Shabazz Napier might not pack the upside of some of the other point guard prospects, but given his four-year track record at Connecticut, along with his skills and confidence with the ball, the Miami Heat should be able to count on him from November to June.
“We had to go through 40 or 50 players to get ourselves up to speed with draft night,” coach Erik Spoelstra told Michael Sivo of Sportzedge.com, “but from the very beginning of the process, Shabazz’s name was at the top of the list.”
He's got two national titles on his resume, having won one as a role player and one as a star. And he'll be 23 years old by Day 1 of the season.
Napier has the mental toughness and experience to play pressure playoff minutes. And he fills an obvious need in the lineup as a ball-handler, playmaker and shooter.
Coming in, Napier's biggest weakness, other than defense, has been decision making and shot selection. But in a loaded lineup where he's no longer the top offensive option, I wouldn't worry about it as much.
We'll be talking about Napier as a big pickup for a Heat team that needs cheap yet productive role players.
Second-Round Impact Rookie: Cleanthony Early, New York Knicks
Cleanthony Early could be in line for major rookie minutes despite being passed on 33 times in the 2014 draft. Just look at the New York Knicks roster, which has no real small forward or wing behind Carmelo Anthony, who might not even be there next year.
And the Knicks don't exactly have free-agent spending money to add any frontcourt depth. Early is going to get playing time whether he deserves it or not.
But at 23 years old with 6'7" size and a 40" max vertical, Early should be ready for the physical transition. He actually finished with 30 and-1s last season, and he scored 1.13 points per possession in the post, which ranked first among the top 2014 small forward prospects in the class, per DraftExpress.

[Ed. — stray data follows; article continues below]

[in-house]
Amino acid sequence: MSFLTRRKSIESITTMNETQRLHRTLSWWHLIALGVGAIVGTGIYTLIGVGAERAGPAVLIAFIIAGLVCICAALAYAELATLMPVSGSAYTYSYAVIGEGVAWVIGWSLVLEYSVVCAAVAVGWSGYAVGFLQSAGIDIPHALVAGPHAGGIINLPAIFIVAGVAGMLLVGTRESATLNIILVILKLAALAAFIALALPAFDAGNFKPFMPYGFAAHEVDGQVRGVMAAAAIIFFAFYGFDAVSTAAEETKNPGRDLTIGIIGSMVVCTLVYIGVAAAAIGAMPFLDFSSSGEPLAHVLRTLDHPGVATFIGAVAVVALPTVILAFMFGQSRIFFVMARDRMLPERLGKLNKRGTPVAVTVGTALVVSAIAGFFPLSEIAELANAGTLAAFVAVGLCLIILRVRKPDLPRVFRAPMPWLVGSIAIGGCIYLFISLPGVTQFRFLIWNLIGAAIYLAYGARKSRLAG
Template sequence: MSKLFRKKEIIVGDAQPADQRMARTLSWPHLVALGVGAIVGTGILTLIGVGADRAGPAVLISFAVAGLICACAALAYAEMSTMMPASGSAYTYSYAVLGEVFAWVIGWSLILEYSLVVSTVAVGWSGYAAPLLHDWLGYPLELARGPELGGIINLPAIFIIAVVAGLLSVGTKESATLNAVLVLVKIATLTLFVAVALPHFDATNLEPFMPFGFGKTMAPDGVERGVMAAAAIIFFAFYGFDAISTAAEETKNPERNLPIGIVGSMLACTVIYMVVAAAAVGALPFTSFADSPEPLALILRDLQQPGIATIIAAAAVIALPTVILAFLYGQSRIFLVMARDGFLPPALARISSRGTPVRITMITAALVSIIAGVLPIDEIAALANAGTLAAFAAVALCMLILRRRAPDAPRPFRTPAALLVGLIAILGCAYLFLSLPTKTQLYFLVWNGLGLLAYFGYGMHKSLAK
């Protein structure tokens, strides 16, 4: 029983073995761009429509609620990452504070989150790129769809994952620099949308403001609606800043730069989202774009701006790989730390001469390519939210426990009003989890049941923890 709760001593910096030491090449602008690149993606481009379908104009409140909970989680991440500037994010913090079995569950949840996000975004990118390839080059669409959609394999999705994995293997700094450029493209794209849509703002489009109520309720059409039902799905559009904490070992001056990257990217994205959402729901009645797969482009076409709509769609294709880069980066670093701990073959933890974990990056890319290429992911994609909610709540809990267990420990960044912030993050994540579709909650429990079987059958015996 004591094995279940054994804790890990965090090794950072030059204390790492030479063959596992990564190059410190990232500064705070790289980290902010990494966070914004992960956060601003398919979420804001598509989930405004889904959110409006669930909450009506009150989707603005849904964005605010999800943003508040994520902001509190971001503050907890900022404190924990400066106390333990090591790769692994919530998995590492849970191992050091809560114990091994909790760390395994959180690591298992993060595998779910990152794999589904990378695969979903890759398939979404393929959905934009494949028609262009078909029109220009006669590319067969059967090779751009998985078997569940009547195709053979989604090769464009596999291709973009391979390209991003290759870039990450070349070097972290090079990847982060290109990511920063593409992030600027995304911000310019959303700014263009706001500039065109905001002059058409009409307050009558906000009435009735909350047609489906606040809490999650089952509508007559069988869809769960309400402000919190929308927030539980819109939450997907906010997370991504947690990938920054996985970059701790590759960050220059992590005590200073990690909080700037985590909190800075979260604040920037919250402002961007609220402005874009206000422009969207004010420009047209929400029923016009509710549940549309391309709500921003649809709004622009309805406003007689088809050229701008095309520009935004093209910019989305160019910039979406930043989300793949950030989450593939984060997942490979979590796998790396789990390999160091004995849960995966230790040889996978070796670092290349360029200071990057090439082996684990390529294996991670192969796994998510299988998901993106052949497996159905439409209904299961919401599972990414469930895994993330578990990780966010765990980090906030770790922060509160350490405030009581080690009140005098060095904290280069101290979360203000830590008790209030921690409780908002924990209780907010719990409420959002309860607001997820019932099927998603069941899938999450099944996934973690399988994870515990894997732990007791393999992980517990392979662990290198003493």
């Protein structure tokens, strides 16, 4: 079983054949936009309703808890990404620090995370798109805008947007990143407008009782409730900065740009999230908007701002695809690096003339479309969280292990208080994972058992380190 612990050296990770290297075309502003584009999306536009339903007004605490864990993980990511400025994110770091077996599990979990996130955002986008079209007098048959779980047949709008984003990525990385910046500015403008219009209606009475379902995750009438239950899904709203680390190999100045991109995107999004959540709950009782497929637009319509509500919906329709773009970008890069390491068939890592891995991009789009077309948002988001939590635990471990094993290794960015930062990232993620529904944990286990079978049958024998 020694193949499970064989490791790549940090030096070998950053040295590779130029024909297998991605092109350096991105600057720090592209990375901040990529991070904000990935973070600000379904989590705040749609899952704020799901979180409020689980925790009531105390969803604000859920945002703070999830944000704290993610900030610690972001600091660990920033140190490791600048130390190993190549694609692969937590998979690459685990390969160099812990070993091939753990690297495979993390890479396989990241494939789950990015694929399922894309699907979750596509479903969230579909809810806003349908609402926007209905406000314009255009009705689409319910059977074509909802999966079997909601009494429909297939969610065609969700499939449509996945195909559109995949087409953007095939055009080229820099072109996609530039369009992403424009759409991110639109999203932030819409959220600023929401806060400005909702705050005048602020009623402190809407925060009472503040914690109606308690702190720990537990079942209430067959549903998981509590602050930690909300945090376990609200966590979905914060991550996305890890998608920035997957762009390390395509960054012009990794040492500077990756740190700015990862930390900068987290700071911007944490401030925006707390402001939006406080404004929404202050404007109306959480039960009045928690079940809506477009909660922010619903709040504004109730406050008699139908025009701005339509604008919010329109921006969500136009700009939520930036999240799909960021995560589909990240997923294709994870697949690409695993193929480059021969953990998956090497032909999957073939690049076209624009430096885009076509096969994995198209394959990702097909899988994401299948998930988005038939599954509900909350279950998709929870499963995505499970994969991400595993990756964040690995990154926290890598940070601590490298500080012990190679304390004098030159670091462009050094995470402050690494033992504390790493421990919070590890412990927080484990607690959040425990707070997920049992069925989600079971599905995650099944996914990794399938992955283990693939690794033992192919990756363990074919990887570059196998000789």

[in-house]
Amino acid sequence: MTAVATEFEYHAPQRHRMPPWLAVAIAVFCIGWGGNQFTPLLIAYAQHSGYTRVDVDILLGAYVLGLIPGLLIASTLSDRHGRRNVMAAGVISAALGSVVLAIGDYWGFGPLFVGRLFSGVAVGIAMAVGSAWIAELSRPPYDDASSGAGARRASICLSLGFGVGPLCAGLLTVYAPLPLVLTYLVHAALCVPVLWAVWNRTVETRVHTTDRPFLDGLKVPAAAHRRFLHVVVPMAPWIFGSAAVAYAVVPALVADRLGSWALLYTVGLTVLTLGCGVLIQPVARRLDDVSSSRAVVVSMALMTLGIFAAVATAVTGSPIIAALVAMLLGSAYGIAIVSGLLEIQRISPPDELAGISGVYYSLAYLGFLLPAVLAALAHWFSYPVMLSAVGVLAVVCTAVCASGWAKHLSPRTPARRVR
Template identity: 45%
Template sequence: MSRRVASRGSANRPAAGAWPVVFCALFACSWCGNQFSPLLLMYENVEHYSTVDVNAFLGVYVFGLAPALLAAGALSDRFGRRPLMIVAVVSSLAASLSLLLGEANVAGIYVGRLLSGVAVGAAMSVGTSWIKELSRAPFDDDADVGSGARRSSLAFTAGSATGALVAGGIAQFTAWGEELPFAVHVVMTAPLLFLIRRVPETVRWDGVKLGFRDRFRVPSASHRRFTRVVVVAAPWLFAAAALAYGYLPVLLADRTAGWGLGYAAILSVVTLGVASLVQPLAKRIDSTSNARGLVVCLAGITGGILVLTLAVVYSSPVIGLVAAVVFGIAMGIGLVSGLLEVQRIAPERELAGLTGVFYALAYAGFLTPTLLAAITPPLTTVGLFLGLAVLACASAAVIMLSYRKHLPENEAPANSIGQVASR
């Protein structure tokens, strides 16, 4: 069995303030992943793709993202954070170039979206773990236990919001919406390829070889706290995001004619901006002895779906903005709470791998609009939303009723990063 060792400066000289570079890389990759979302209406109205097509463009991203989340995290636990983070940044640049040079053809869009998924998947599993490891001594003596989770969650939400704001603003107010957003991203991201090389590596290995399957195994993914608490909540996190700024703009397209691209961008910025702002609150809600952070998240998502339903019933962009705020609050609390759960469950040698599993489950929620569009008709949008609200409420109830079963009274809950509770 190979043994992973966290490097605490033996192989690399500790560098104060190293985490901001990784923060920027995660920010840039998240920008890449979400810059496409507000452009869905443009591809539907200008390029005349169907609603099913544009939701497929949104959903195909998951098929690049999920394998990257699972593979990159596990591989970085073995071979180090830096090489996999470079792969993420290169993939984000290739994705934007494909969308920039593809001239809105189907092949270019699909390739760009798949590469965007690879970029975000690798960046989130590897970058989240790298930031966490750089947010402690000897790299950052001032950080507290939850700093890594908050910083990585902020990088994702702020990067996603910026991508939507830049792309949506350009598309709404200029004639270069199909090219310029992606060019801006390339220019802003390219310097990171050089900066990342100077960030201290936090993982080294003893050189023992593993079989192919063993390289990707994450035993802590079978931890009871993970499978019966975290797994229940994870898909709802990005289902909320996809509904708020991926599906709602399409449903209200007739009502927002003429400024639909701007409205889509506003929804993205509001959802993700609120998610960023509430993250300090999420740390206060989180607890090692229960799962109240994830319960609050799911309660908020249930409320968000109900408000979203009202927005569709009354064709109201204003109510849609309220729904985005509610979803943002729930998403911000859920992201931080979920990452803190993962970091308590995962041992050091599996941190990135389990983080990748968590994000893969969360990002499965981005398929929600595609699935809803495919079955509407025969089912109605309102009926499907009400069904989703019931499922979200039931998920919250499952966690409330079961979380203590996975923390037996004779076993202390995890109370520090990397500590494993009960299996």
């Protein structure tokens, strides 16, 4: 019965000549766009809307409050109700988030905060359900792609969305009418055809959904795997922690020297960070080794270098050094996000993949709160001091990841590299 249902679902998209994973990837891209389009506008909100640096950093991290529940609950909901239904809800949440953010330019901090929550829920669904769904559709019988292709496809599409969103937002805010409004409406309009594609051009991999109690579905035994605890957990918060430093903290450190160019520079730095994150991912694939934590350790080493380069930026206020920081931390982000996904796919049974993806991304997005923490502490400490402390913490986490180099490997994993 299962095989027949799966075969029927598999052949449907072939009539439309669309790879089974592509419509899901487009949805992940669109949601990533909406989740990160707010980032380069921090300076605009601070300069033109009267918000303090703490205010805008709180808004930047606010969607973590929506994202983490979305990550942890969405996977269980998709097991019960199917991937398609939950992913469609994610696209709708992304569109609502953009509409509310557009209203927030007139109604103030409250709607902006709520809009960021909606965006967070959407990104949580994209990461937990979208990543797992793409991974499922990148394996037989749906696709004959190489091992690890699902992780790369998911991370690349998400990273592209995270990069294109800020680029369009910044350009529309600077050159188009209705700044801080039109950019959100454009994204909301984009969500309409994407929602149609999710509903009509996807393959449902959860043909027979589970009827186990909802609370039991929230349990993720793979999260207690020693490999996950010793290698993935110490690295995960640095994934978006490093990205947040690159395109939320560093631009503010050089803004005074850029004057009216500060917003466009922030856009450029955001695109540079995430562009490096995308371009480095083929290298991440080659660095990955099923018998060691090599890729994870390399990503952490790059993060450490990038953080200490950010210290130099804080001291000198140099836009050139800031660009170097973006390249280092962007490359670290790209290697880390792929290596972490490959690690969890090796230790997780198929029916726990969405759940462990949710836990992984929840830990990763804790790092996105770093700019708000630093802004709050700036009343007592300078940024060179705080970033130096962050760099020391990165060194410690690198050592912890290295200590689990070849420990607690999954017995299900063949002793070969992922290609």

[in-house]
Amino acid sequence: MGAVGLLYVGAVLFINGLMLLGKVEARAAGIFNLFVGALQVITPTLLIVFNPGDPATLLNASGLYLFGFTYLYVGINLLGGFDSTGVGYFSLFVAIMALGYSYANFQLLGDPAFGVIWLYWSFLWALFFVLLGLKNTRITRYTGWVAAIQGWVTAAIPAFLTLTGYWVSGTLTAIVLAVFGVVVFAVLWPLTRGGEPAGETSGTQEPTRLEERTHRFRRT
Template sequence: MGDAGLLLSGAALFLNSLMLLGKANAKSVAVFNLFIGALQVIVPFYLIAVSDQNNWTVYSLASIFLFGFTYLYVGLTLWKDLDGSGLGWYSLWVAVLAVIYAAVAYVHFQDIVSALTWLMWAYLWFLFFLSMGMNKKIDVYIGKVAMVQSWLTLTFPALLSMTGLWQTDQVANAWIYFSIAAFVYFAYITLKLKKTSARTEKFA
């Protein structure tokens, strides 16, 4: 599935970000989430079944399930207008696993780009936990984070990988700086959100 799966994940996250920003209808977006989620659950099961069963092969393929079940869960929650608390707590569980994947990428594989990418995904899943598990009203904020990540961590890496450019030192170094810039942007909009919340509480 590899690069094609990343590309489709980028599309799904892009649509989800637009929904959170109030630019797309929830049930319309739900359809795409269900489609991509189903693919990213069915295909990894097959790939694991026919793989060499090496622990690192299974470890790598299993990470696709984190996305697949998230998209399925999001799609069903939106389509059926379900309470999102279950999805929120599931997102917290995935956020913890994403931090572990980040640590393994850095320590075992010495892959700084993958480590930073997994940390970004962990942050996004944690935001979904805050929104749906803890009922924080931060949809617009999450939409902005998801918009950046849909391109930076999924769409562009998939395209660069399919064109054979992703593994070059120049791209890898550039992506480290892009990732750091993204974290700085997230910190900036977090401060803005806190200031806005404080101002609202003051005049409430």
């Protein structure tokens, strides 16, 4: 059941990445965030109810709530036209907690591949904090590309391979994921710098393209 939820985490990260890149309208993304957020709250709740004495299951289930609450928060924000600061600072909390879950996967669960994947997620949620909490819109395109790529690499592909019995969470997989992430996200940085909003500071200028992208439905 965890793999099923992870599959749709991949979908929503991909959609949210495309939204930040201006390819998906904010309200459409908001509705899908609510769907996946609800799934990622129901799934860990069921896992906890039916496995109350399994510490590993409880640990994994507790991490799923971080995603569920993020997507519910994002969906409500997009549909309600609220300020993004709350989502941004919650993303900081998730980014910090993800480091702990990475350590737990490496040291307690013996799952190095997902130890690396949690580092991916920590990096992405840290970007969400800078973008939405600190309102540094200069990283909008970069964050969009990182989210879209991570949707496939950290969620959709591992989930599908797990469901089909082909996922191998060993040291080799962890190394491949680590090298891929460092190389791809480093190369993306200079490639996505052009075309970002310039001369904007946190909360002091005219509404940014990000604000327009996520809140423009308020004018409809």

He's got the ability to play through contact and score down low—promising qualities for an incoming rookie. And Early made 1.8 three-pointers per game at a 37.3 percent clip as a senior.
Assuming his improved jumper carries over, Early has the athleticism to match the inside-outside skill set built for complementary scoring.
My money is on Early entering the Knicks rotation early in the season.
Highlight King: Aaron Gordon, Orlando Magic
You can go ahead and write Aaron Gordon down for an above-the-rim highlight a night, thanks to his devastating blend of size, hops and coordination.
At 6'9", he's got a 39" max vertical and quick, light feet. He shot nearly 73 percent at the rim last season, per Hoop-Math. He's got that burst to finish over defenders and the dexterity to acrobatically score around them.
Gordon should pose as a dangerous weapon off cuts and lobs and an automatic one on the break.
As long as the minutes are there, the highlight plays should come with them.
Flop of the Year: Dante Exum, Utah Jazz
Dante Exum is going to be a phenomenal NBA player one day. But not in 2015.
For starters, he's 18 years old, and by the time the season starts, it will be close to a year since he last played competitively.
And that competition he faced? It's just a little different in Australia.
Exum is also going to be sharing a backcourt with a ball-dominant point guard—something he's never had to do. How will he perform without the ball?
Plus, Exum's shooting stroke will likely need a few years before it's a routine threat to the defense. And at 196 pounds, adjusting to the NBA's physical interior could take some time.
Exum has every tool a point guard could really ask for, but at this stage I'm just not sure they're sharp enough to make an immediate impact.